Secular 12 Steps that work for agnostics & atheists
There is a constant dialogue with God in the steps. A little bit of it is explicitly stated, and a lot of it is implicit. There is the sense of being watched by something higher than we are, and that is a source motivation, in the sense of both the carrot and the stick. It also gives a sense of where one fits in the universe, with God as a guarantor of stability and a moral compass, therefore the possibility of meaning and purpose.
In this fourth edition, I have been focusing on replacing that almost palpable connection with God with an experiential connection to something which I consider functionally similar: A connection with an inner sense of meaning and purpose.
I allude to this in the wording of the steps, for instance when I talk about the pause in step 3. I am trying to do more of that in the commentary on the steps, coming back, time and again, to paying attention to your felt sense.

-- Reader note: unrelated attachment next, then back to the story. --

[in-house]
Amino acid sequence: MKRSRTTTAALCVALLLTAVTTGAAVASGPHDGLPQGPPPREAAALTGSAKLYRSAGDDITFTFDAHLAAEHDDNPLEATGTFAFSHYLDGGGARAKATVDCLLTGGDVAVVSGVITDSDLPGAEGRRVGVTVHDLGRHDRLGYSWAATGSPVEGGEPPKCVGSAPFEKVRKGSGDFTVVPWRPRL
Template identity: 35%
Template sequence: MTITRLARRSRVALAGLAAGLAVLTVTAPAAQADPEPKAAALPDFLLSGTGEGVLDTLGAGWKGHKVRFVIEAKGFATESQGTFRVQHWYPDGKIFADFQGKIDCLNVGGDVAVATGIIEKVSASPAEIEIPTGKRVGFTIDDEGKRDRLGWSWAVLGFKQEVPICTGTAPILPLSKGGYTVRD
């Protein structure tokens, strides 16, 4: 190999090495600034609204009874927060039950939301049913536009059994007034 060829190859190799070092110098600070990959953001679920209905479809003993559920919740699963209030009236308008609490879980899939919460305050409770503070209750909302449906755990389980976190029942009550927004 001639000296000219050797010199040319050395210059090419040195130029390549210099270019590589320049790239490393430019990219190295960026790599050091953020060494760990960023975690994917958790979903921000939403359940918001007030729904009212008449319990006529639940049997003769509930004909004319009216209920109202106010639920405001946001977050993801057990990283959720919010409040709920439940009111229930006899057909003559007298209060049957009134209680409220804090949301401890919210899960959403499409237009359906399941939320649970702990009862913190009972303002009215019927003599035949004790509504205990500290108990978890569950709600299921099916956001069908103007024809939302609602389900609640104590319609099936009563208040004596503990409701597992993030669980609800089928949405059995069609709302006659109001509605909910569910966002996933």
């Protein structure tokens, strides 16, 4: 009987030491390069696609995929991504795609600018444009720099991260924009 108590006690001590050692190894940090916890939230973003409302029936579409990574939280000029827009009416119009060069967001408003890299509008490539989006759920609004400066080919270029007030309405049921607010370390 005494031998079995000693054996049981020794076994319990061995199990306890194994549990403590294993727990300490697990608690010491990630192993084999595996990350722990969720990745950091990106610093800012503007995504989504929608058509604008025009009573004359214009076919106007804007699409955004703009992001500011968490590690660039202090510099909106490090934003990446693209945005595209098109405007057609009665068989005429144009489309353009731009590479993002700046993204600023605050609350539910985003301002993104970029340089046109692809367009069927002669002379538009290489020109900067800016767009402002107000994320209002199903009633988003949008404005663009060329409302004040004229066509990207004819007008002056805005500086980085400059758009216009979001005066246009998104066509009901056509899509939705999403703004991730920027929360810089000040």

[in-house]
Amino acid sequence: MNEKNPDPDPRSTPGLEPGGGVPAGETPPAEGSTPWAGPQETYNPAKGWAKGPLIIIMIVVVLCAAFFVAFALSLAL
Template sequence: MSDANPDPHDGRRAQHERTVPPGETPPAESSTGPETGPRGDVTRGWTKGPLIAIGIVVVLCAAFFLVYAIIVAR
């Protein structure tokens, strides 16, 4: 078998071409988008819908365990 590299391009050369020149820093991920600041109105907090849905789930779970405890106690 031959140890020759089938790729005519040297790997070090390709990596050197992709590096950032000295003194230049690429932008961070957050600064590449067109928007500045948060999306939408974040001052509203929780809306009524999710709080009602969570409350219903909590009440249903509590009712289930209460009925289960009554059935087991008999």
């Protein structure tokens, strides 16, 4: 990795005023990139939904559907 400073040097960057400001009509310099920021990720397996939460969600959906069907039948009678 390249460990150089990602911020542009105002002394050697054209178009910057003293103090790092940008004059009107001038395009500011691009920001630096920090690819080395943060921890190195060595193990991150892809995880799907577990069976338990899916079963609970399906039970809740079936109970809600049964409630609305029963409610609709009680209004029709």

My intention is to outline a functional definition of mindfulness that fulfills the function of communication with God as a motivator and a moral compass.
Another way in which God plays a big role in the traditional Twelve Steps is faith. I see step two as a leap of faith. We’re talking about giving up on the illusion of having control, as well as any character defenses. This is terrifying if there’s not faith in something that sustains you while we go through the dark night of the soul.
2018 Mindful Pause / Proactive Mindfulness
See: Demystifying mindfulness - Mindfulness & spirituality - From mindless to mindful - One-minute mindfulness exercise - Mindful listening - Embodied relational mindfulness - Relational mindfulness - Bodyfulness - Existential mindfulness - Reactive vs Proactive quotes & thoughts - Mindfulness exercises - Secular alternative 12 steps